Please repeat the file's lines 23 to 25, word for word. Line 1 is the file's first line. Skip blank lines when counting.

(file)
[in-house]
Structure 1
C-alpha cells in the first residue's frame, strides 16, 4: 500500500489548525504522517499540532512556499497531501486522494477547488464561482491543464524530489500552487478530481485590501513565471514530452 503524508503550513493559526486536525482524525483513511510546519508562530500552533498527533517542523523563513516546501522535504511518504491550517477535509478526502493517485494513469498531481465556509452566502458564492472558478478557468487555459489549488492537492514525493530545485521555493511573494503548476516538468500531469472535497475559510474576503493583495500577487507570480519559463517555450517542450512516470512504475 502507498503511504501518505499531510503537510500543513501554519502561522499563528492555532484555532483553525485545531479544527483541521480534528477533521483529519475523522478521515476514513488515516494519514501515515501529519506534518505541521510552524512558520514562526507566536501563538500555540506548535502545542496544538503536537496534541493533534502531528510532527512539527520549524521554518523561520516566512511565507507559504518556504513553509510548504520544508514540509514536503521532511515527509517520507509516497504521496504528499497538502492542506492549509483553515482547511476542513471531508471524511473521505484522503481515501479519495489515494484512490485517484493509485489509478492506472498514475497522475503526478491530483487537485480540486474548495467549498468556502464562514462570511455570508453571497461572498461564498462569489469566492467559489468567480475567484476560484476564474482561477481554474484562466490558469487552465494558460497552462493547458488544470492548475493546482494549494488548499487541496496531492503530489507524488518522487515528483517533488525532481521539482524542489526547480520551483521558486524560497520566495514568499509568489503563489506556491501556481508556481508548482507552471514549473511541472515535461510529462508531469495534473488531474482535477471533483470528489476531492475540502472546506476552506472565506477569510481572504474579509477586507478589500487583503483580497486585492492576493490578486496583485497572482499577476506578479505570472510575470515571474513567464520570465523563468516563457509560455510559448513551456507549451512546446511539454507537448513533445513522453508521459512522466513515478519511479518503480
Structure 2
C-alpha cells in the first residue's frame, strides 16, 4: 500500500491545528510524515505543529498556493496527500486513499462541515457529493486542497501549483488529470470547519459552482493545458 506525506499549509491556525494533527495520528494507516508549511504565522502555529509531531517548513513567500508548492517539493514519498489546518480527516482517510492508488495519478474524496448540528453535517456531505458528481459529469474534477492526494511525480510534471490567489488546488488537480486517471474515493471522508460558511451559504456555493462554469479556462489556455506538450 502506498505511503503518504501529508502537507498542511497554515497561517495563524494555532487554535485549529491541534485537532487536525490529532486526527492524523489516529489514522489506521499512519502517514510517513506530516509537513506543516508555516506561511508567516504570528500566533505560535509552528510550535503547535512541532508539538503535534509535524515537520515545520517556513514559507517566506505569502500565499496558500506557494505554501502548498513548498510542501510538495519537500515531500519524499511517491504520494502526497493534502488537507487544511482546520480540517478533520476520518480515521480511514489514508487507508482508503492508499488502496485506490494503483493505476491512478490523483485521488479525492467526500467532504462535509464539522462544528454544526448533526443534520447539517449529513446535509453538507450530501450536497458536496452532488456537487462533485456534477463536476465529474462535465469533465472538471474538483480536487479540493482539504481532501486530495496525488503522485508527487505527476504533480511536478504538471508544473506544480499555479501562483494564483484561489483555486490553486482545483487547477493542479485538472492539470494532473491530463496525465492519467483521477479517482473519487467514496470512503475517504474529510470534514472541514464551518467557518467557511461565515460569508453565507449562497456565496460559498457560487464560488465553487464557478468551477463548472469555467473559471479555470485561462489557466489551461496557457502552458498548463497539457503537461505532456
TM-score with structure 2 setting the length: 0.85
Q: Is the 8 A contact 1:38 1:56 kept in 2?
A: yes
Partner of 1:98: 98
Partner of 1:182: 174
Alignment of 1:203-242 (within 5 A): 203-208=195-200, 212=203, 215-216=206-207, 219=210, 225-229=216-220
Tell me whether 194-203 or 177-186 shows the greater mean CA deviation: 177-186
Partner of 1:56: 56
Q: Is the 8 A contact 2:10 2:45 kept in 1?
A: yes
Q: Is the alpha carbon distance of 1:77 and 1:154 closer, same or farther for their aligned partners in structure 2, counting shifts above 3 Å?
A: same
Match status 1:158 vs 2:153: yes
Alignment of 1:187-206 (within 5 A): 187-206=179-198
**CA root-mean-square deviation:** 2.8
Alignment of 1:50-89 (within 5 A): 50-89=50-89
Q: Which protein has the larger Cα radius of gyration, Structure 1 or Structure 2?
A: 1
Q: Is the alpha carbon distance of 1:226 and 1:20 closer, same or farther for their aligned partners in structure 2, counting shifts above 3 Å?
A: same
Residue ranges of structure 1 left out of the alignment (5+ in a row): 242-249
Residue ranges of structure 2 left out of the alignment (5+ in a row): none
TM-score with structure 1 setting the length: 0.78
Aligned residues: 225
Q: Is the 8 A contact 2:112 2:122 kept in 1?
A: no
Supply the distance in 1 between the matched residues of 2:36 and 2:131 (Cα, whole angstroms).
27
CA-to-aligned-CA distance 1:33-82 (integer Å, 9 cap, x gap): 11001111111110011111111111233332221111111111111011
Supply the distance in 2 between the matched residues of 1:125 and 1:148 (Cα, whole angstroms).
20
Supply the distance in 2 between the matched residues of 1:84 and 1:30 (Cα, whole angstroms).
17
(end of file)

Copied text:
A: 1
Q: Is the alpha carbon distance of 1:226 and 1:20 closer, same or farther for their aligned partners in structure 2, counting shifts above 3 Å?
A: same